You’re Crazy if You Don’t Love Tommy Paul, The Spicoli of American Tennis
Steve Fogleman, Tennis Atlantic
America builds characters. Like the guy from Celebrity Apprentice. Like future President Dwayne “The Rock” Johnson. Last but not least, like the lovable Spicoli from Fast Times at Ridgemont High.
One of tennis’ coolest characters has rocked our stage over the last week and a half. And his name is Tommy Paul.
Last week, Paul made his first ATP Tour-level quarterfinals in Atlanta after qualifying and then immediately proceeding to dispatch #56 Hyeon Chun and #73 Malek Jaziri from the main draw of the 250.
On Tuesday, he won Casper Ruud in retirement. Tonight, he beat world #19 Lucas Pouille in straight sets and shut down the more experienced Frenchman.
Here’s the kicker: Tommy Paul is chill AF. He’s the Spicoli of American Tennis. After scalping his first world top 20 ATP player, he’s like, oh yeah, that was good, right? I wish I had this guy’s blood pressure. The USTA and US tournament directors everywhere should just wild card him everywhere, because he calms everyone down in the venue.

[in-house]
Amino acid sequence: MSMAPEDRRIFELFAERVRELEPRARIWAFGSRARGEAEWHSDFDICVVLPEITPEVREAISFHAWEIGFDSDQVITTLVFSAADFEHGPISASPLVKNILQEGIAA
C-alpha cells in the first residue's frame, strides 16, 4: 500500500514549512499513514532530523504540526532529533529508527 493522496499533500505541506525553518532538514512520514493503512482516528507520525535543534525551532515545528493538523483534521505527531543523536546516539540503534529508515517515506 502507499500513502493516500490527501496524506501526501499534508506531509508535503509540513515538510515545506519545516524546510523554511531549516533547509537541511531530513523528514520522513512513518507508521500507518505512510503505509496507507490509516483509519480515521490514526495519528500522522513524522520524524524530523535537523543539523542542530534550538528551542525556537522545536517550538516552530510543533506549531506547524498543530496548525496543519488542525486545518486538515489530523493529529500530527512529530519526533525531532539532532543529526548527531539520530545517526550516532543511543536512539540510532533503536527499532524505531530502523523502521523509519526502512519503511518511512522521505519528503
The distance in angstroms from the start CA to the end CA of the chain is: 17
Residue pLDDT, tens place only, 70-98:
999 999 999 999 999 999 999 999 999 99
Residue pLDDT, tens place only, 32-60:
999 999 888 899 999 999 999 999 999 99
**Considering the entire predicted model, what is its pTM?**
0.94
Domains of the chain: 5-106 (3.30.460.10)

“I just feel really good, been working really hard, it’s kind of paying off right now,” he told us after the match.
Asked how he scouted Pouille, Paul said, “I don’t watch much tennis at all.” He relies on coach Diego Moyano for all of his scouting tips. “I learn from him a lot about my opponents,” he said.
Though granted a wild card into DC, he seems to be tapped for the honor less than other young Americans. “I like to try and earn things alot,” Paul said. “A wild card’s obviously great. Hopefully, I can start not having to get wild cards and get in directly.”
On his ascension from the ITF events to the pro tour, he said “I like it a lot more up here obviously. The tournaments are way nicer, the courts are bigger, the amount of fans. These tournaments are bigger and I just enjoy it more.”
The only downside: “Sometimes you can’t warm up close to your match time. If you want to practice on the court you;re playing on, you’ve got to come 2 1/2, 3 hours early”, he said.
Paul committed to the University of Georgia, but changed his mind after winning the French Open juniors single title. “Alright, I think I’m going to try it out,” he reflected.
Paul takes on Gilles Muller tonight around 6:30 p.m.